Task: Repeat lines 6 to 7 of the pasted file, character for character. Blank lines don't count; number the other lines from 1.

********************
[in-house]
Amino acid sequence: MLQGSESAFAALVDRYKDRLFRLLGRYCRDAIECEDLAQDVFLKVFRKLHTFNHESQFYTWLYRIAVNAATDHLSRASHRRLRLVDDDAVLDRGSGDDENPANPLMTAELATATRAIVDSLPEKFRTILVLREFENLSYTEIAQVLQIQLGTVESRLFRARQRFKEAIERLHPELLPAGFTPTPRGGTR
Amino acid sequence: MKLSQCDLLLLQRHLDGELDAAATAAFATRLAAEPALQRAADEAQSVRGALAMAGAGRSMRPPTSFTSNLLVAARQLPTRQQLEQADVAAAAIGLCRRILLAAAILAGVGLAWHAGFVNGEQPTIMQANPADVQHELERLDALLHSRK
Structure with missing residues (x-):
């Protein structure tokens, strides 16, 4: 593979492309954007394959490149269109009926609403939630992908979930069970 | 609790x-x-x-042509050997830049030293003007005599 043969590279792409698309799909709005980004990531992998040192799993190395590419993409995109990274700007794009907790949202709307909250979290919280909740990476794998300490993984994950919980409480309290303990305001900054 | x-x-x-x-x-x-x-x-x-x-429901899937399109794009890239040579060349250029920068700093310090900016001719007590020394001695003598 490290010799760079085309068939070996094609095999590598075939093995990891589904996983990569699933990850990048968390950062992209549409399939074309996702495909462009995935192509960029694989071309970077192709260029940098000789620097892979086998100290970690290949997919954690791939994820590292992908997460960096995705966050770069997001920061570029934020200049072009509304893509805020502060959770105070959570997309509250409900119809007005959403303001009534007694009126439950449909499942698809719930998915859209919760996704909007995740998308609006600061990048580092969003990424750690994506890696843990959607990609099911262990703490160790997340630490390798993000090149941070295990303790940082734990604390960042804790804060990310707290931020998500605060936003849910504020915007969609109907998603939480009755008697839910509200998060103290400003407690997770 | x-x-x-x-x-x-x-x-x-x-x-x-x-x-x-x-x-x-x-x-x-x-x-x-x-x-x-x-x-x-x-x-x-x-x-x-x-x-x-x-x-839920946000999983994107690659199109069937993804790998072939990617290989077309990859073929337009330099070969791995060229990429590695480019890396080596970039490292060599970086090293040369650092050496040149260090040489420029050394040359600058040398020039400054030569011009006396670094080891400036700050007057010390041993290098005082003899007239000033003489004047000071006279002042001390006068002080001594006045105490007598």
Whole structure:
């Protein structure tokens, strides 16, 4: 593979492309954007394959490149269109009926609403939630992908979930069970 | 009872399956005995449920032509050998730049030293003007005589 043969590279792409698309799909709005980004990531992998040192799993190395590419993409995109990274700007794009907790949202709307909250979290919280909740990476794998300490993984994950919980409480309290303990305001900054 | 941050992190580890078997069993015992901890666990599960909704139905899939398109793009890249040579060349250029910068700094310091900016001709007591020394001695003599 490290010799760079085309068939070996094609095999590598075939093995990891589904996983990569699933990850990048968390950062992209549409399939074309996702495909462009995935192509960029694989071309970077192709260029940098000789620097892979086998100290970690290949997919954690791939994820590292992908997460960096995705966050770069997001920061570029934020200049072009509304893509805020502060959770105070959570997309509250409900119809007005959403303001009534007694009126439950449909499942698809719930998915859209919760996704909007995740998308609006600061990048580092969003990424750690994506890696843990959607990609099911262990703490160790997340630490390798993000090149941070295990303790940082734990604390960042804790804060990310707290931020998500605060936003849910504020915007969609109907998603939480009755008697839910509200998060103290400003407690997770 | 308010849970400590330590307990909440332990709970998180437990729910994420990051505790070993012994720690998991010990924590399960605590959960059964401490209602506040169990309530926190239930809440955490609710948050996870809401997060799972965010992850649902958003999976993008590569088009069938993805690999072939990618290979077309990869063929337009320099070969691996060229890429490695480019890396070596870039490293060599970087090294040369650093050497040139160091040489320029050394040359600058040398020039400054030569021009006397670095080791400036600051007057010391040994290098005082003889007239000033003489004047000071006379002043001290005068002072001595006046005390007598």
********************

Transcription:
Whole structure:
């Protein structure tokens, strides 16, 4: 593979492309954007394959490149269109009926609403939630992908979930069970 | 009872399956005995449920032509050998730049030293003007005589 043969590279792409698309799909709005980004990531992998040192799993190395590419993409995109990274700007794009907790949202709307909250979290919280909740990476794998300490993984994950919980409480309290303990305001900054 | 941050992190580890078997069993015992901890666990599960909704139905899939398109793009890249040579060349250029910068700094310091900016001709007591020394001695003599 490290010799760079085309068939070996094609095999590598075939093995990891589904996983990569699933990850990048968390950062992209549409399939074309996702495909462009995935192509960029694989071309970077192709260029940098000789620097892979086998100290970690290949997919954690791939994820590292992908997460960096995705966050770069997001920061570029934020200049072009509304893509805020502060959770105070959570997309509250409900119809007005959403303001009534007694009126439950449909499942698809719930998915859209919760996704909007995740998308609006600061990048580092969003990424750690994506890696843990959607990609099911262990703490160790997340630490390798993000090149941070295990303790940082734990604390960042804790804060990310707290931020998500605060936003849910504020915007969609109907998603939480009755008697839910509200998060103290400003407690997770 | 308010849970400590330590307990909440332990709970998180437990729910994420990051505790070993012994720690998991010990924590399960605590959960059964401490209602506040169990309530926190239930809440955490609710948050996870809401997060799972965010992850649902958003999976993008590569088009069938993805690999072939990618290979077309990869063929337009320099070969691996060229890429490695480019890396070596870039490293060599970087090294040369650093050497040139160091040489320029050394040359600058040398020039400054030569021009006397670095080791400036600051007057010391040994290098005082003889007239000033003489004047000071006379002043001290005068002072001595006046005390007598």